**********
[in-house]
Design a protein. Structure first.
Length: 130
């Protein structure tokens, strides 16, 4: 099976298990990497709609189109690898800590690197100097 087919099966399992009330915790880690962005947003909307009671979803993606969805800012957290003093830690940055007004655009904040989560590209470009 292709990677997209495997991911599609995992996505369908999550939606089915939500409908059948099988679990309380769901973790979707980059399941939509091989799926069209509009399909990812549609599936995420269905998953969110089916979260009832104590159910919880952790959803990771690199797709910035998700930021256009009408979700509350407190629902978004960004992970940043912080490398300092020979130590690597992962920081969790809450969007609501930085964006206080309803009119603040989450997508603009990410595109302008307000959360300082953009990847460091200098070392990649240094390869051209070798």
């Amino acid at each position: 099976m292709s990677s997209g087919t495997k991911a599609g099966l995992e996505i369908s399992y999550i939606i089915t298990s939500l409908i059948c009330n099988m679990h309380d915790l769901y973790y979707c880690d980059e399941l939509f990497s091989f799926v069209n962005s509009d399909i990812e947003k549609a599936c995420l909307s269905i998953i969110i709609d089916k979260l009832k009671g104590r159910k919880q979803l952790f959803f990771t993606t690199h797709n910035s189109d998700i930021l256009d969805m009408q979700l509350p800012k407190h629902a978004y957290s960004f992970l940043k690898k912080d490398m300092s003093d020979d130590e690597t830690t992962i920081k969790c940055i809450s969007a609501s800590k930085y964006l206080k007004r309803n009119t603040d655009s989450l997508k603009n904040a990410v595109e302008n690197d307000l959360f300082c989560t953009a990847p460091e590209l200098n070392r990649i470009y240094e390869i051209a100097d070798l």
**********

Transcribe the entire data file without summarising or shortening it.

[in-house]
Design a protein. Structure first.
Length: 130
């Protein structure tokens, strides 16, 4: 099976298990990497709609189109690898800590690197100097 087919099966399992009330915790880690962005947003909307009671979803993606969805800012957290003093830690940055007004655009904040989560590209470009 292709990677997209495997991911599609995992996505369908999550939606089915939500409908059948099988679990309380769901973790979707980059399941939509091989799926069209509009399909990812549609599936995420269905998953969110089916979260009832104590159910919880952790959803990771690199797709910035998700930021256009009408979700509350407190629902978004960004992970940043912080490398300092020979130590690597992962920081969790809450969007609501930085964006206080309803009119603040989450997508603009990410595109302008307000959360300082953009990847460091200098070392990649240094390869051209070798």
């Amino acid at each position: 099976m292709s990677s997209g087919t495997k991911a599609g099966l995992e996505i369908s399992y999550i939606i089915t298990s939500l409908i059948c009330n099988m679990h309380d915790l769901y973790y979707c880690d980059e399941l939509f990497s091989f799926v069209n962005s509009d399909i990812e947003k549609a599936c995420l909307s269905i998953i969110i709609d089916k979260l009832k009671g104590r159910k919880q979803l952790f959803f990771t993606t690199h797709n910035s189109d998700i930021l256009d969805m009408q979700l509350p800012k407190h629902a978004y957290s960004f992970l940043k690898k912080d490398m300092s003093d020979d130590e690597t830690t992962i920081k969790c940055i809450s969007a609501s800590k930085y964006l206080k007004r309803n009119t603040d655009s989450l997508k603009n904040a990410v595109e302008n690197d307000l959360f300082c989560t953009a990847p460091e590209l200098n070392r990649i470009y240094e390869i051209a100097d070798l």